Early Childhood Education & Care
WEL’s Policy Demands
- Free pre-kindergarten year for up to five days per week accessible to all children across NSW by 2027/8.
- NSW Government commit to advocating for degree qualified early education and care teachers to be paid the same as teachers in schools.
- A workforce plan developed and updated regularly, looking at skills, wages, standards and quality of training for early childhood educators and education and care sector workers.
- Dedicate funding from the 2022/2023 Budget’s 10 year $5bn ‘Affordable and Accessible Childcare and Economic Participation Fund’ to develop a robust network of public and community managed pre-schools and Early Education and Care Centres across NSW.
- Amend the Childcare and Economic Opportunity Fund Act 2022 to exclude for-profit providers from tendering for funding support.
The NSW Government’s Women’s Opportunity Statement in the 2022 Budget acknowledges the benefits of affordable and accessible Early Childhood Education and Care (ECEC) for women’s workforce participation and for children’s success in school and lifelong education, social and economic development. Early education and care encompass pre-school, long day care, out of school hours care and family day care.
Universal (affordable and geographically accessible) pre-kindergarten is an urgent top priority equity measure for children. Two in five NSW children are already behind in their developmental outcomes when they start school and the 2021 Australian Early Development Census alarmingly finds that over 44% of Australian children are not developmentally on track when they start school (Early Years Commitment https://education.nsw.gov.au).
WEL acknowledges the NSW Government’s commitments in the 2022/3 budget to deliver universal pre-kindergarten services by 2030, and its commitment over 4 years for fee relief and trialling of funding support for long day care centres. The Government’s October 2022 Childcare and Economic Opportunity Fund Act 2022 establishes a standing appropriation for 10 years for delivery of universal pre-kindergarten and sets some funds that can be paid out in this period, however we note that a budget appropriation such as this, extending beyond the four year estimate period, may be vulnerable to the policy and fiscal priorities of future governments.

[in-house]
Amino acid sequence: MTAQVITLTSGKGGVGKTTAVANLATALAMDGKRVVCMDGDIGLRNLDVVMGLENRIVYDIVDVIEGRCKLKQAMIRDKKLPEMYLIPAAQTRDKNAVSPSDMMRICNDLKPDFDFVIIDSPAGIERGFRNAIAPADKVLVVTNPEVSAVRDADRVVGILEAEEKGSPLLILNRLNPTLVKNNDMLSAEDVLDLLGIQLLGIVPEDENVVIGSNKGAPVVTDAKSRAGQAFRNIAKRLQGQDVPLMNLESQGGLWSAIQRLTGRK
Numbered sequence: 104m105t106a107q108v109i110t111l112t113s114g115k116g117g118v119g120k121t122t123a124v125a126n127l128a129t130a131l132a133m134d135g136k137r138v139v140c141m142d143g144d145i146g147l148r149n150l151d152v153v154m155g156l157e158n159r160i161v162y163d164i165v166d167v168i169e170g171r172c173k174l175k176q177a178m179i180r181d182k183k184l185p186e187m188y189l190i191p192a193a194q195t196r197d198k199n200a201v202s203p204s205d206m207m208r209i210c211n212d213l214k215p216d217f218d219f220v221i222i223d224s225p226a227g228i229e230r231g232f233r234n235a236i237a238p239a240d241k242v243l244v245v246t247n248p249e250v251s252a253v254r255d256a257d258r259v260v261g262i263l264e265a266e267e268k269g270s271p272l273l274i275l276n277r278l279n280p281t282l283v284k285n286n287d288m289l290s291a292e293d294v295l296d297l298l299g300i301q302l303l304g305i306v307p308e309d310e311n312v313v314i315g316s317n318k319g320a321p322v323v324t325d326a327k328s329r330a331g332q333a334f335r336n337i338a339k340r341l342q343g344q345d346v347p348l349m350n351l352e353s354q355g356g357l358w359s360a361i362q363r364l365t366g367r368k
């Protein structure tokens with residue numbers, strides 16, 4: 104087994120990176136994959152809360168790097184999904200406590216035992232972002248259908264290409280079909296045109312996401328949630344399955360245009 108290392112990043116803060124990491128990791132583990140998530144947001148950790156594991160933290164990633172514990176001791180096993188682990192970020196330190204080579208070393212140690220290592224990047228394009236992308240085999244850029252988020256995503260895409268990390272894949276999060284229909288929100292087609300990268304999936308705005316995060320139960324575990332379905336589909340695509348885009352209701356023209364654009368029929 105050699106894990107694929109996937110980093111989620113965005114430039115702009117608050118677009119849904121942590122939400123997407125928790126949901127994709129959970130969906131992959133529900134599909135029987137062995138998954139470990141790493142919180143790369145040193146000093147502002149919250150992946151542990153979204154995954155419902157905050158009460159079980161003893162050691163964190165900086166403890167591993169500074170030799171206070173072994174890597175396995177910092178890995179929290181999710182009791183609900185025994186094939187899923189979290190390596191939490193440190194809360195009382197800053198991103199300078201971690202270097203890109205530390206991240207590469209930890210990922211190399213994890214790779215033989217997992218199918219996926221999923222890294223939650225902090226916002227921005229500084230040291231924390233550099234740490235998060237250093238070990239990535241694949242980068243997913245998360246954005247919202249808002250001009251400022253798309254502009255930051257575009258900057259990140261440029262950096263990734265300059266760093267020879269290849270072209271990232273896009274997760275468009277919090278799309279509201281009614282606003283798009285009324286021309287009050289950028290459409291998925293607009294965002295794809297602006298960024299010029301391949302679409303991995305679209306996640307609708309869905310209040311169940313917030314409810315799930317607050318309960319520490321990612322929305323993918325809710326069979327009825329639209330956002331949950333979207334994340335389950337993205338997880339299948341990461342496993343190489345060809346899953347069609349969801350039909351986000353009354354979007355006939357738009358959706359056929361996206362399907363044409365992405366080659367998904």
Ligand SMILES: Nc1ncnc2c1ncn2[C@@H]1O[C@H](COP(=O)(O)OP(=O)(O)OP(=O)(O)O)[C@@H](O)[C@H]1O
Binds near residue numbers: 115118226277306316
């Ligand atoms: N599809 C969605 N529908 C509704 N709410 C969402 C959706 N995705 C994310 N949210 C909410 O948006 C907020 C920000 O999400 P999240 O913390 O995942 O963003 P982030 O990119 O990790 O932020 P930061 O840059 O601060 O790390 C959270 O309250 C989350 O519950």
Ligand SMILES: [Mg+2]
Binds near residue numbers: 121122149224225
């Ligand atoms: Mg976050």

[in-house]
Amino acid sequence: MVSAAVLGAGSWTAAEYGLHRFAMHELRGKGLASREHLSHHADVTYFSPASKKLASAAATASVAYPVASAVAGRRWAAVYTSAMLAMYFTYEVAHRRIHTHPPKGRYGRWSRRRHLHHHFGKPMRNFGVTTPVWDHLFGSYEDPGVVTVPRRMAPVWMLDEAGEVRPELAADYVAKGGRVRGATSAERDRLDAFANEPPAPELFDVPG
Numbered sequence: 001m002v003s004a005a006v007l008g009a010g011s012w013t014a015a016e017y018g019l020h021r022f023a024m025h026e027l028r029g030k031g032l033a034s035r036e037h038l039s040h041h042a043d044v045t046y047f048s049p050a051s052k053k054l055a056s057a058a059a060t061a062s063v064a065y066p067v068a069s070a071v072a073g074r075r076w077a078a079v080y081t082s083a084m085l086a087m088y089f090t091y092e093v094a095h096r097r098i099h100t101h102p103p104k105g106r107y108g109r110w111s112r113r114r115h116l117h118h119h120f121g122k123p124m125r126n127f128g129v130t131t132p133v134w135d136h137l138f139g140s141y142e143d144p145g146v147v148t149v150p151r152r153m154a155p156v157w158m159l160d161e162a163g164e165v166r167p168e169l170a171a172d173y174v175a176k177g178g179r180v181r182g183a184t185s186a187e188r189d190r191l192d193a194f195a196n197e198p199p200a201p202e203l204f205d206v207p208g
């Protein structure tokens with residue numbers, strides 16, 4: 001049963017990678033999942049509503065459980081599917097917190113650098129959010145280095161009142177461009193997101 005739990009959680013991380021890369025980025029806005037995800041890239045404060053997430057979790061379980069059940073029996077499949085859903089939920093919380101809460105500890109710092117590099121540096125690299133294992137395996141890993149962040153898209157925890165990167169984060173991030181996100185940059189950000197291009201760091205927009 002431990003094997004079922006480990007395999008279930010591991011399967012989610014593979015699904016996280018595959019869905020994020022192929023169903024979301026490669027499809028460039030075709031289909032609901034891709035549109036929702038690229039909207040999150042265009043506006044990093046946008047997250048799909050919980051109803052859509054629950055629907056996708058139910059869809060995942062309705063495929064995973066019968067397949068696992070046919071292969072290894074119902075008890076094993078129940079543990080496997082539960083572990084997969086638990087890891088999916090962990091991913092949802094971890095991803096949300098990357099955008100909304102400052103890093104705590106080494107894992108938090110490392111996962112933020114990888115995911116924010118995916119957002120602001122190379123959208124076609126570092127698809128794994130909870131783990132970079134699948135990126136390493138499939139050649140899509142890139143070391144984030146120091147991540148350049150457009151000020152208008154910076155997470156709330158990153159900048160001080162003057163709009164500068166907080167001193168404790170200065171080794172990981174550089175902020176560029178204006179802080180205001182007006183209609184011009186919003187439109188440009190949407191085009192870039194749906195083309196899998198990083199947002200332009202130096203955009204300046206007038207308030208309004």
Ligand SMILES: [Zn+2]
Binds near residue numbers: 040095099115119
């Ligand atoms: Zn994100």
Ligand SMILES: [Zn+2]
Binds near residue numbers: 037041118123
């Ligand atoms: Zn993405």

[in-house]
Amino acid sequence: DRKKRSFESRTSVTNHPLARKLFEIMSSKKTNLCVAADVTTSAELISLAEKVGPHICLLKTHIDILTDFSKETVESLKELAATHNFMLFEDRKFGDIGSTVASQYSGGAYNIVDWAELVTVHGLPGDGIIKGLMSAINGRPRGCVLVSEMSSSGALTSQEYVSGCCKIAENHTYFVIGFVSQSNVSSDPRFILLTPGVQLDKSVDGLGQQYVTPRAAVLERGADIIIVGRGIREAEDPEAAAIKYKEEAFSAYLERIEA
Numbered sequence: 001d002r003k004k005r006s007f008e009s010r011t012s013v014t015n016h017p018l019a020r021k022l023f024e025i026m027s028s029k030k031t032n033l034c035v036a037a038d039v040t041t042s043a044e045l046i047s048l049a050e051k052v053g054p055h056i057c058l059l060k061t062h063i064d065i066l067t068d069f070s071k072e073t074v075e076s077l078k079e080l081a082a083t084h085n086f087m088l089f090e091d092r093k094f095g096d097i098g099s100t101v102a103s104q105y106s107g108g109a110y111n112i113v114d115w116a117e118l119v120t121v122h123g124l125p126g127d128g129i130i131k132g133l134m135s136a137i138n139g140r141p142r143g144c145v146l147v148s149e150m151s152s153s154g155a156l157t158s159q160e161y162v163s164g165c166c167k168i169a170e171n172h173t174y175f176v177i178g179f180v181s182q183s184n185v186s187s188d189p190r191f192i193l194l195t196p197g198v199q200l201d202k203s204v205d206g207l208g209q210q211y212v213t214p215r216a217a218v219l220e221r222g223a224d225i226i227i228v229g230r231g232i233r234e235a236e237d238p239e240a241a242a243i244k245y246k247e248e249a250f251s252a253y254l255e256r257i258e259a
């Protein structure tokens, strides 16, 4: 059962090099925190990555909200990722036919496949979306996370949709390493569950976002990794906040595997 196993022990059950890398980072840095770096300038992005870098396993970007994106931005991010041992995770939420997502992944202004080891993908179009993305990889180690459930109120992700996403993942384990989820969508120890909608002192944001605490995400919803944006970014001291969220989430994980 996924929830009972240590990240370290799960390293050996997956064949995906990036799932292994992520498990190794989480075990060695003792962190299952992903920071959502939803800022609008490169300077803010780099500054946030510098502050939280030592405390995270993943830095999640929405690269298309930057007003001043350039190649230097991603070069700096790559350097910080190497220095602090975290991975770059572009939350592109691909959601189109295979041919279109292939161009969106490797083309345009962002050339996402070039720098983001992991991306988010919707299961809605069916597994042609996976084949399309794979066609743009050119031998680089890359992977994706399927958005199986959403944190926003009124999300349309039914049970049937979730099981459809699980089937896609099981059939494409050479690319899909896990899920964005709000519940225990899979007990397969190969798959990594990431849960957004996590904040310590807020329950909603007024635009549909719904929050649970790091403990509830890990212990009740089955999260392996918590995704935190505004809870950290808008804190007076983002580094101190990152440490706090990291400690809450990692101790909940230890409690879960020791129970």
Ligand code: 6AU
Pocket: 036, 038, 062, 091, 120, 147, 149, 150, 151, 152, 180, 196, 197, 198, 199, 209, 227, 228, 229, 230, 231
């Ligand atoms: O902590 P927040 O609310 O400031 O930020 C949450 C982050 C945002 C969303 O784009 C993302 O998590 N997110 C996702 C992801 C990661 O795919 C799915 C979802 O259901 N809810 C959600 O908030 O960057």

Enhancing access to early childhood education and care services depends on the availability of a qualified workforce of educators and teachers. The overwhelming proportion of early childhood educators are women. There is consensus amongst advocates, researchers and most peak bodies that due to low wages, low levels of professional recognition, very limited career pathways and worsening conditions, including staff shortages and provider expectations for unpaid work, the sector is undergoing a worsening staffing crisis with low levels of recruitment and high turnover.
A recent workforce survey Big Steps by the United Workers Union found that 37% of educators did not intend to stay in the sector long-term and of this group 74% intend to leave within the next 3 years.
In 2021 the Full Bench of the Fair Work Commission found that ‘the exercise of professional skills and judgement, the overall work value involved in early childhood teaching was the same as that of teachers in schools’. Yet early childhood teachers can be paid up to $20,000 less than their colleagues with the same qualifications in NSW schools.
The NSW Government needs to develop a workforce plan that enables improvements to the skills, wages, standards and quality of training for early childhood educators and education and care sector workers.
In contrast to the school system which excludes for-profit schools from government funding, 50% of ECEC providers are private for-profit, with around 35% private not-for-profits and the remainder a mix of state government schools, state or local government, and a few private and Catholic schools. Pre-school and long day care services overlap. Large ASX listed for-profit providers dominate the long day care sector, alongside small for-profit operators, large not-for-profits and some community providers.
New South Wales is the second worst performing state in Australia in terms of public provision, with only 5% of preschools operating within the public education system. Across 1,700 public primary school sites, there are only 100 public preschools.
The NSW Childcare and Economic Opportunity Fund Act 2022 is aimed at giving incentives to providers to extend childcare services at lower prices. Amendment of the Act to exclude for-profit providers from being assisted by the fund would enable a priority focus on building a strong public and not-for-profit ECEC system in NSW.